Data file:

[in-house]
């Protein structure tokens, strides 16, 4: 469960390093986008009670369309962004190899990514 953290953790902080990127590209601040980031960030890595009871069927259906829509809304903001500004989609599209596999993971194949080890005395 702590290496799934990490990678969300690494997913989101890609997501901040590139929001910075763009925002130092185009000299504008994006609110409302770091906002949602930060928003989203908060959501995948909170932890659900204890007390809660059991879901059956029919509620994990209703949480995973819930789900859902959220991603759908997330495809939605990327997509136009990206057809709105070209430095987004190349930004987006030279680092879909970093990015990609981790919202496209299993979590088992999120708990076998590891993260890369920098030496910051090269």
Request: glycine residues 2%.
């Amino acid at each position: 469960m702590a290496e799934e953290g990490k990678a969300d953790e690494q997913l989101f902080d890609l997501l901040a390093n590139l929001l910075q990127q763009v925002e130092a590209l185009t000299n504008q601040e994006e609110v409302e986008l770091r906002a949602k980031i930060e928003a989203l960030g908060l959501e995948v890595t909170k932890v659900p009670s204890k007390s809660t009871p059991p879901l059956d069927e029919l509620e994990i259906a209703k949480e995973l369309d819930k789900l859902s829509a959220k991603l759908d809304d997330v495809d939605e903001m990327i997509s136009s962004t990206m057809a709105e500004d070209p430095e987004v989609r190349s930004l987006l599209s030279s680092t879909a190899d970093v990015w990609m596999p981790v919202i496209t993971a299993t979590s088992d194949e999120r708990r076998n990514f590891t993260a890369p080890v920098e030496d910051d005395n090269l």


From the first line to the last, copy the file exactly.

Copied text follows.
[in-house]
């Protein structure tokens, strides 16, 4: 469960390093986008009670369309962004190899990514 953290953790902080990127590209601040980031960030890595009871069927259906829509809304903001500004989609599209596999993971194949080890005395 702590290496799934990490990678969300690494997913989101890609997501901040590139929001910075763009925002130092185009000299504008994006609110409302770091906002949602930060928003989203908060959501995948909170932890659900204890007390809660059991879901059956029919509620994990209703949480995973819930789900859902959220991603759908997330495809939605990327997509136009990206057809709105070209430095987004190349930004987006030279680092879909970093990015990609981790919202496209299993979590088992999120708990076998590891993260890369920098030496910051090269």
Request: glycine residues 2%.
């Amino acid at each position: 469960m702590a290496e799934e953290g990490k990678a969300d953790e690494q997913l989101f902080d890609l997501l901040a390093n590139l929001l910075q990127q763009v925002e130092a590209l185009t000299n504008q601040e994006e609110v409302e986008l770091r906002a949602k980031i930060e928003a989203l960030g908060l959501e995948v890595t909170k932890v659900p009670s204890k007390s809660t009871p059991p879901l059956d069927e029919l509620e994990i259906a209703k949480e995973l369309d819930k789900l859902s829509a959220k991603l759908d809304d997330v495809d939605e903001m990327i997509s136009s962004t990206m057809a709105e500004d070209p430095e987004v989609r190349s930004l987006l599209s030279s680092t879909a190899d970093v990015w990609m596999p981790v919202i496209t993971a299993t979590s088992d194949e999120r708990r076998n990514f590891t993260a890369p080890v920098e030496d910051d005395n090269l």